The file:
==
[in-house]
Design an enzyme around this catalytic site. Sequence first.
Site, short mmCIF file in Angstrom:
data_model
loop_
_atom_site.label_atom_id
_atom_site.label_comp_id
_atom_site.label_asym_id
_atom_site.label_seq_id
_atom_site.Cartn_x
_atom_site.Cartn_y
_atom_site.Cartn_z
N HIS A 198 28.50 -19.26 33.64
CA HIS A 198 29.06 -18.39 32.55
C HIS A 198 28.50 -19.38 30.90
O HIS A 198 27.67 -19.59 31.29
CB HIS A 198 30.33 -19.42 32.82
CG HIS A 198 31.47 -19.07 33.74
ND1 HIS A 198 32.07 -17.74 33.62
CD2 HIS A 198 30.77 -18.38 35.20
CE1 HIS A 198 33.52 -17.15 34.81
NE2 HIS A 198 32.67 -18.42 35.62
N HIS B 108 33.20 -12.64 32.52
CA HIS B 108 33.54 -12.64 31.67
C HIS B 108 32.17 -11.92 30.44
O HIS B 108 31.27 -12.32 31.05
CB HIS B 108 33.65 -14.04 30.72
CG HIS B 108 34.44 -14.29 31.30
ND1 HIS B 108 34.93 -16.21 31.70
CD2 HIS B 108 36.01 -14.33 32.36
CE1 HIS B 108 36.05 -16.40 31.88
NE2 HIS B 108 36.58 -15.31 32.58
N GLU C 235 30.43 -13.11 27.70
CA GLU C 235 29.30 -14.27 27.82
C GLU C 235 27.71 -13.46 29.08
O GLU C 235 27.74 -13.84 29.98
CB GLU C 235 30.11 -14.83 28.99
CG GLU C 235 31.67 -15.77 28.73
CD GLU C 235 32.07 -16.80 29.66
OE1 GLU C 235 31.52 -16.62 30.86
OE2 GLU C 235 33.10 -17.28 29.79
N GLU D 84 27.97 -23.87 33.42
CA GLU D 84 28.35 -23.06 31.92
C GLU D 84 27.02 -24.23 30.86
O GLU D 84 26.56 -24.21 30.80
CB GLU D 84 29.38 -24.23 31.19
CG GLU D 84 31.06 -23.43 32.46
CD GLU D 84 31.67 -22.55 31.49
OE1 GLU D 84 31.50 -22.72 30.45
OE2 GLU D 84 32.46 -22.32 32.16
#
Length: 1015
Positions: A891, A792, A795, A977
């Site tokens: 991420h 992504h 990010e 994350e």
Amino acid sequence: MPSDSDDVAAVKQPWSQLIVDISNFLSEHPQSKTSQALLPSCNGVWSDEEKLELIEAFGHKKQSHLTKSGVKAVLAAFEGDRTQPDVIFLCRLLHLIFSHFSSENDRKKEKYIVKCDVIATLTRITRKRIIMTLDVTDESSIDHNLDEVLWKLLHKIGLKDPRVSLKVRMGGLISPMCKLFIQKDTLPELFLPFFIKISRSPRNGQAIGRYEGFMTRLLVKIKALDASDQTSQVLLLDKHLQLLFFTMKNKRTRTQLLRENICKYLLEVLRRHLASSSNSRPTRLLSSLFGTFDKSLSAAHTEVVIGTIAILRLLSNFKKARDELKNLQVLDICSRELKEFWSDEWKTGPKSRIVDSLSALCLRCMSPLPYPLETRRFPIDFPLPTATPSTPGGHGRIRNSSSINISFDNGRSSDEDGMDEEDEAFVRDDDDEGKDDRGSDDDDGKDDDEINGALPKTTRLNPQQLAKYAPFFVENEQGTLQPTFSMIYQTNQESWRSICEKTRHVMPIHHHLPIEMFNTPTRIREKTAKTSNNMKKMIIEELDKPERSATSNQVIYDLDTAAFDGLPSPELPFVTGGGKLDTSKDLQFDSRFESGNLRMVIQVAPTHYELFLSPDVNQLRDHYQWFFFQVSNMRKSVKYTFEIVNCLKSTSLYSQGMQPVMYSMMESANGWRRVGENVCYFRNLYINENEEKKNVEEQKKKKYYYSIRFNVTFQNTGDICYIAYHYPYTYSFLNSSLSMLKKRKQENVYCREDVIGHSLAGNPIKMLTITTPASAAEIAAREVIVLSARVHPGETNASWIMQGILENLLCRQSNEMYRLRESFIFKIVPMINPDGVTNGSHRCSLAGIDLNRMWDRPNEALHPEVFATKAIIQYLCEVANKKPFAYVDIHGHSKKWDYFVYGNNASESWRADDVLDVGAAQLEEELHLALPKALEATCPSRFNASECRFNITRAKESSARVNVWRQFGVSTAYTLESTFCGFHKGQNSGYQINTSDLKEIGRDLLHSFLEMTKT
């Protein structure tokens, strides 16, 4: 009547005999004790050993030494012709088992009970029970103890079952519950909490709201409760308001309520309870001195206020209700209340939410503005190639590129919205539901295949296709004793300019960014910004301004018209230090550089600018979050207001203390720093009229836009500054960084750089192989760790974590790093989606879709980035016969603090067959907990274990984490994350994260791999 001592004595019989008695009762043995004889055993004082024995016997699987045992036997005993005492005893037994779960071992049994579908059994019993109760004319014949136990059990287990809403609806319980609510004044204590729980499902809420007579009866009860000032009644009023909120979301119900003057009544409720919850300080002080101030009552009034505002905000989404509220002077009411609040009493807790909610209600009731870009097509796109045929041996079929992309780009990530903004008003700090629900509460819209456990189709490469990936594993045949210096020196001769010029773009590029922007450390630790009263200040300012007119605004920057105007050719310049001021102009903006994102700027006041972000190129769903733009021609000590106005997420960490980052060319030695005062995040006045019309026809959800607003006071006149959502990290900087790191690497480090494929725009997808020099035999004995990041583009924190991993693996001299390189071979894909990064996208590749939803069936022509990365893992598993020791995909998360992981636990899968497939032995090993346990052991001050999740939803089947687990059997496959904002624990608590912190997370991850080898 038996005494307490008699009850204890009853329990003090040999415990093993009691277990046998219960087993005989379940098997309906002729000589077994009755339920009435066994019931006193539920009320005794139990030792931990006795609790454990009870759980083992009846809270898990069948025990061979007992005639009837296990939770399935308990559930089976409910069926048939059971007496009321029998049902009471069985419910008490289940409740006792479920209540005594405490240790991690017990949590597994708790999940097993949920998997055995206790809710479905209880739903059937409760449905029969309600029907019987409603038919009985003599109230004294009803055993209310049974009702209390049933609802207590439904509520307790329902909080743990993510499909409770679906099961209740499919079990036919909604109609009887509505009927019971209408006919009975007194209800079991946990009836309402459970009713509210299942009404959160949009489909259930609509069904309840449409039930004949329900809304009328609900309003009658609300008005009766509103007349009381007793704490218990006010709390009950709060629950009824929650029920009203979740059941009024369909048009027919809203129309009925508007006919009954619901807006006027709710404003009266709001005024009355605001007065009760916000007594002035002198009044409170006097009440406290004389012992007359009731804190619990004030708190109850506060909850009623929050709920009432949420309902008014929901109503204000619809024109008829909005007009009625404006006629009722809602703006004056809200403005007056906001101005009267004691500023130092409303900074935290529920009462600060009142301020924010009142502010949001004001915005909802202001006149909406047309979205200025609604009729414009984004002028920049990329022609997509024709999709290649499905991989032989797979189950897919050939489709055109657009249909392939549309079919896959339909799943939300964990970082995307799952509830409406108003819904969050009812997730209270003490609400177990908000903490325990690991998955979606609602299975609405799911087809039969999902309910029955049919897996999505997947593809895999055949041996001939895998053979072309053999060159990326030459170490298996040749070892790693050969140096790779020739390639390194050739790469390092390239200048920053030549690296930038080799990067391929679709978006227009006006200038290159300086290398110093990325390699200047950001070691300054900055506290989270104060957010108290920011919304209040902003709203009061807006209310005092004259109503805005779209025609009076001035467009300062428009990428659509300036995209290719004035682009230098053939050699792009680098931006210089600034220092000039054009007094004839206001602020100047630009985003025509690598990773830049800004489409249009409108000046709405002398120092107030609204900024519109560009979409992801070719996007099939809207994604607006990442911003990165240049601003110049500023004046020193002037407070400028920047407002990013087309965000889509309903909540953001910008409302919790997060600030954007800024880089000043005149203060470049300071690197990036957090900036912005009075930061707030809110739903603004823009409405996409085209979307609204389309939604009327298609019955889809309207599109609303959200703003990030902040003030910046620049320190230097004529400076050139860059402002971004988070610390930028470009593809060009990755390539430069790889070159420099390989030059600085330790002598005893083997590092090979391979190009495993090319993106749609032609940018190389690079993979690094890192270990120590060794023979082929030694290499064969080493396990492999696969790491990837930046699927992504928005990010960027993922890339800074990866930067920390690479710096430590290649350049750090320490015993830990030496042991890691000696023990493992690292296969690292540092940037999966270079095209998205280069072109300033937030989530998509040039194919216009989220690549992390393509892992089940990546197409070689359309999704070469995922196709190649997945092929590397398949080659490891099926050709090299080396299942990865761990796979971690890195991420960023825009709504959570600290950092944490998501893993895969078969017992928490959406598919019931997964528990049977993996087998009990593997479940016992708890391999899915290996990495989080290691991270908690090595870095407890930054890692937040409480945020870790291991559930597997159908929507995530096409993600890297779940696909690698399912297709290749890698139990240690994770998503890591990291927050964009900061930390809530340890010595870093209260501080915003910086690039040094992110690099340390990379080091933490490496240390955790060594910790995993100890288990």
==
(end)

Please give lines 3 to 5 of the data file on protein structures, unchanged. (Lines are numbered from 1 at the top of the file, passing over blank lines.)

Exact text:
Site, short mmCIF file in Angstrom:
data_model
loop_